However, Franchise sources on the OSU coaching staff who learned of Gundy’s brief but curious fling with Baylor from social media and talk radio, rather than from Gundy himself, might disagree with that.

Flirting with Baylor was a power move to get the contract done, simple as that. It seems unlikely that athletic director Mike Holder or OSU’s board of regents or Pickens himself bought it.

Still, Gundy doesn’t easily dismiss what his own legacy at OSU means to him.

He said he watched the recent Kevin Costner sports film “McFarland, USA” on Wednesday night and may have come away with a greater sense of identity about himself.

“I know this is an extreme because we’re here, we’re a Power 5 school, there’s millions and millions of dollars involved and (the people depicted in the film are) just at a place, a high school,” Gundy said, “but what that coach is, he changed the lives of those kids. He changed generations of families who didn’t have an opportunity and he gave them something and gave them a reason to get into college, and then from that point on, their lives changed.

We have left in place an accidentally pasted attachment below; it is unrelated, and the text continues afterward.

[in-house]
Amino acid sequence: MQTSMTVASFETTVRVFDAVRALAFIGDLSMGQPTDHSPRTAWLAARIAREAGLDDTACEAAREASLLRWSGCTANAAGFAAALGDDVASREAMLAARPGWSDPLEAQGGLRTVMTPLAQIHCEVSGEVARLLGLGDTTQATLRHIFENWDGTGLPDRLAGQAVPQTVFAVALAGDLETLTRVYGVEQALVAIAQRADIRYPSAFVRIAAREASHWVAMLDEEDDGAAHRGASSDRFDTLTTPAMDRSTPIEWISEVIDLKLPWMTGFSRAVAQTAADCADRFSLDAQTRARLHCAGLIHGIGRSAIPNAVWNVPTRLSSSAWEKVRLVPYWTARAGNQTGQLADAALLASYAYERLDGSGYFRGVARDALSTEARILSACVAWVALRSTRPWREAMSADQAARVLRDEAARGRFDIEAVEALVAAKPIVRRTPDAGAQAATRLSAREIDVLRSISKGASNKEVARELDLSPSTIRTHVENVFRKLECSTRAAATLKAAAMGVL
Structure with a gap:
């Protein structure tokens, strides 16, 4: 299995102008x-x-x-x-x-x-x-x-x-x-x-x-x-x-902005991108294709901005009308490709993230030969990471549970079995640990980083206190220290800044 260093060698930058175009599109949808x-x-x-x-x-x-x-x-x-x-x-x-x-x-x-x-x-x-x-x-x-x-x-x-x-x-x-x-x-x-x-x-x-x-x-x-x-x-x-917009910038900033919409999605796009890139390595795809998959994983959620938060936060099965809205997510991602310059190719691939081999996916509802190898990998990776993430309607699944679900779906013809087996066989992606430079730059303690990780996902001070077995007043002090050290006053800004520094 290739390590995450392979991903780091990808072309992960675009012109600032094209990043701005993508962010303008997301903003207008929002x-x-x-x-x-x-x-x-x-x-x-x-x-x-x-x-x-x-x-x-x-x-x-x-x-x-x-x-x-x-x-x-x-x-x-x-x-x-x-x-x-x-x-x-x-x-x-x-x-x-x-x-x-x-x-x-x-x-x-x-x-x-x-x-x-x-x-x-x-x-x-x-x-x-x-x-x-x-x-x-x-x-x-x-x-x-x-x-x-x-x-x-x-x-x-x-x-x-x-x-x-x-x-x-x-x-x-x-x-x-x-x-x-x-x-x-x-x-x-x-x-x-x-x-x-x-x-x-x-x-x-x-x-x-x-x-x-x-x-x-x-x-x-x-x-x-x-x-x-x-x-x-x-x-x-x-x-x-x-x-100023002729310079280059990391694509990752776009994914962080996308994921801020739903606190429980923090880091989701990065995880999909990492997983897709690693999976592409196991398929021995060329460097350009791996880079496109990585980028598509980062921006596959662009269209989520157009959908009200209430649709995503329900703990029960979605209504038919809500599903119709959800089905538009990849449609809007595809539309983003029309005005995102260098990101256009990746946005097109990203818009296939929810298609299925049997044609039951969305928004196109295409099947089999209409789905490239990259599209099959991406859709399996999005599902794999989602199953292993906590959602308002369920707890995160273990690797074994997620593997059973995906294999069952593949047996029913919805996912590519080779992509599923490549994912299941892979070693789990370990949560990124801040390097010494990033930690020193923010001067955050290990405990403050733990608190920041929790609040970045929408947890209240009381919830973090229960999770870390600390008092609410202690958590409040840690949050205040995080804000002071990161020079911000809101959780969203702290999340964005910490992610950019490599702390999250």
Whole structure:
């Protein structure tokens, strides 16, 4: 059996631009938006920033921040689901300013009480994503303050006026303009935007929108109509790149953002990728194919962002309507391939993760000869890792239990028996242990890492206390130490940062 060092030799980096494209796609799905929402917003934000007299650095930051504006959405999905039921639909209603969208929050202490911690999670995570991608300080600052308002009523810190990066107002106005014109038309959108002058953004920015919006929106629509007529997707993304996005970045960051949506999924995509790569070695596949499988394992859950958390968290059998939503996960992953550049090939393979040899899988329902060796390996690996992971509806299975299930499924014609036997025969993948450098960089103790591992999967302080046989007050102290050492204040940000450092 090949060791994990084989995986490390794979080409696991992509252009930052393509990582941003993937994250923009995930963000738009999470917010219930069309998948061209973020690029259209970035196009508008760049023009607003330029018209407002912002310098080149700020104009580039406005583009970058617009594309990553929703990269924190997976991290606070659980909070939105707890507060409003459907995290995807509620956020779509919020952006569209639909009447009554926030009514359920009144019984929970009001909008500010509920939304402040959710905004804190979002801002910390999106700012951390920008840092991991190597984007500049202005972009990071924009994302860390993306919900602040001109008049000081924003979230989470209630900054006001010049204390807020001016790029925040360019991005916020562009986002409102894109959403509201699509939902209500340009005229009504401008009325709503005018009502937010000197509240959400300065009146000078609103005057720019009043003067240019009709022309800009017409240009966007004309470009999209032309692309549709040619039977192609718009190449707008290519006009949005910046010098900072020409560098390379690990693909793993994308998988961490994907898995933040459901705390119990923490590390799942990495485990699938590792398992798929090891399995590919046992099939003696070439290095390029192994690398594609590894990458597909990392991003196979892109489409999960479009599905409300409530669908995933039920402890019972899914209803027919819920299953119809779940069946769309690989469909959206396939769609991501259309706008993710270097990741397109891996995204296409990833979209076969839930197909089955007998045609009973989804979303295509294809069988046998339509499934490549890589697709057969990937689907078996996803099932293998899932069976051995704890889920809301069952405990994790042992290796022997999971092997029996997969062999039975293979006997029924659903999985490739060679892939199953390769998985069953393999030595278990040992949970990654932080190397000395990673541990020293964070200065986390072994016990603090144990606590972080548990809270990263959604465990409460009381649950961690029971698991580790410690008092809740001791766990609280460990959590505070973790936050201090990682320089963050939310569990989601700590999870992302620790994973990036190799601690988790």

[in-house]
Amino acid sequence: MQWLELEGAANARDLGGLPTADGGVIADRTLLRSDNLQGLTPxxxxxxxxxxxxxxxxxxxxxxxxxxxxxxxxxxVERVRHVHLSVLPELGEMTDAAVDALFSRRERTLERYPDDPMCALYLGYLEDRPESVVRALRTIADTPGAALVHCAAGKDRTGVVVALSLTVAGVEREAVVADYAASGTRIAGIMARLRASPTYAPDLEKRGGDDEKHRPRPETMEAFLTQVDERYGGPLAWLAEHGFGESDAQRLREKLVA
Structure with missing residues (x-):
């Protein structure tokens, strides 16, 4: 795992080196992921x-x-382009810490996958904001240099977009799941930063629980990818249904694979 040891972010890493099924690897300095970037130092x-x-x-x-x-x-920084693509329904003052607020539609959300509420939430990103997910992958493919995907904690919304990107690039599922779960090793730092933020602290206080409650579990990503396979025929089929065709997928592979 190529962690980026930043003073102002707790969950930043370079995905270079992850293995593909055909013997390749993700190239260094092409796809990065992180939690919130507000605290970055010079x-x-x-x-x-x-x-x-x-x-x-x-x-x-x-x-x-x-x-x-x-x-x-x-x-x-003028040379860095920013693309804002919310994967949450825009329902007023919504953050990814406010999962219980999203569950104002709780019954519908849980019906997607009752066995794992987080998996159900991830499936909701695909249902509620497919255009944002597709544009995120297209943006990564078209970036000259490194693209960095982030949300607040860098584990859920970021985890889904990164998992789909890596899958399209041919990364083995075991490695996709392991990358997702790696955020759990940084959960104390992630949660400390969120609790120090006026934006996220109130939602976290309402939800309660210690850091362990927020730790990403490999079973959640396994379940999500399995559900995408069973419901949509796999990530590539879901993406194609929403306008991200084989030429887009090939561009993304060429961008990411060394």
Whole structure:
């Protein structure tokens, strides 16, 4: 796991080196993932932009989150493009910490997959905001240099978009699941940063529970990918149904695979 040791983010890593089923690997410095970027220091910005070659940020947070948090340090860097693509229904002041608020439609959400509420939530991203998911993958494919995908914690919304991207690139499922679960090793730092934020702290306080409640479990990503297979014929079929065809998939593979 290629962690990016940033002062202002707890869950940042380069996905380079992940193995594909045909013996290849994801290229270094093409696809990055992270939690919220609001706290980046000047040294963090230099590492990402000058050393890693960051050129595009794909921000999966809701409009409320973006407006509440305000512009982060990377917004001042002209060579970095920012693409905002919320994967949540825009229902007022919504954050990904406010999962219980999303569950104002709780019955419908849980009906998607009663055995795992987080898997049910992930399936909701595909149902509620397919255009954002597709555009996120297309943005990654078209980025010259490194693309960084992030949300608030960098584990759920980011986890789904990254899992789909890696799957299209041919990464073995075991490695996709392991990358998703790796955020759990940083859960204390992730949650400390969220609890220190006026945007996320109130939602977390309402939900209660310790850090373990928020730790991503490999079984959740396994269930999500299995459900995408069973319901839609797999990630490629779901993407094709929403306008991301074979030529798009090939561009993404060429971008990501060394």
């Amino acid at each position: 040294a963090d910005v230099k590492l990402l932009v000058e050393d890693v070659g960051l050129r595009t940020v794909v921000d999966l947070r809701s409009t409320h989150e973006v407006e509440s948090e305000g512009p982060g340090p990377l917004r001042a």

“In the end, that’s really what we do. Now, if we don’t win enough games, they fire us and hire somebody else, I know all that. I get it. But when you do it as long as I (have), we get as much satisfaction from that as anything, and that’s the legacy that I prefer more than anything else.”

Columnist John E. Hoover is co-host of “Further Review with Hoover & Rew” and can be heard on The Franchise Tulsa from noon to 3 p.m. every weekday with co-host Lauren Rew and most mornings on The Franchise in Oklahoma City. Listen on fm107.9, am1270 on the 107.7 Franchise app, or click the “Listen” tab on The Franchise home page.



Hoover wrote for the Tulsa World for 24 years before joining The Franchise, where he's now co-host of "Further Review" on The Franchise Tulsa (weekdays 12-3, fm107.9/am1270) . In his time at the World, Hoover won numerous writing and reporting awards, including in 2011 National Beat Writer of the Year from the Associated Press Sports Editors for his work covering the Oklahoma Sooners. Hoover also covered Oklahoma State, Arkansas, Oral Roberts and the NFL as a beat writer. From 2012 to 2016, Hoover was the World's lead sports columnist. As a columnist, Hoover won national awards in 2012 and 2014 from the National Athletic Trainers Association for reporting on sports medicine and in 2015 won first place in sports columns from the Oklahoma Society of Professional Journalists. After receiving a journalism degree from East Central University, Hoover worked at newspapers in Ada, Okmulgee, Tahlequah and Waynesville, Mo. He played football at Ada High School and grew up in North Pole, Alaska. Hoover and his family live in Broken Arrow.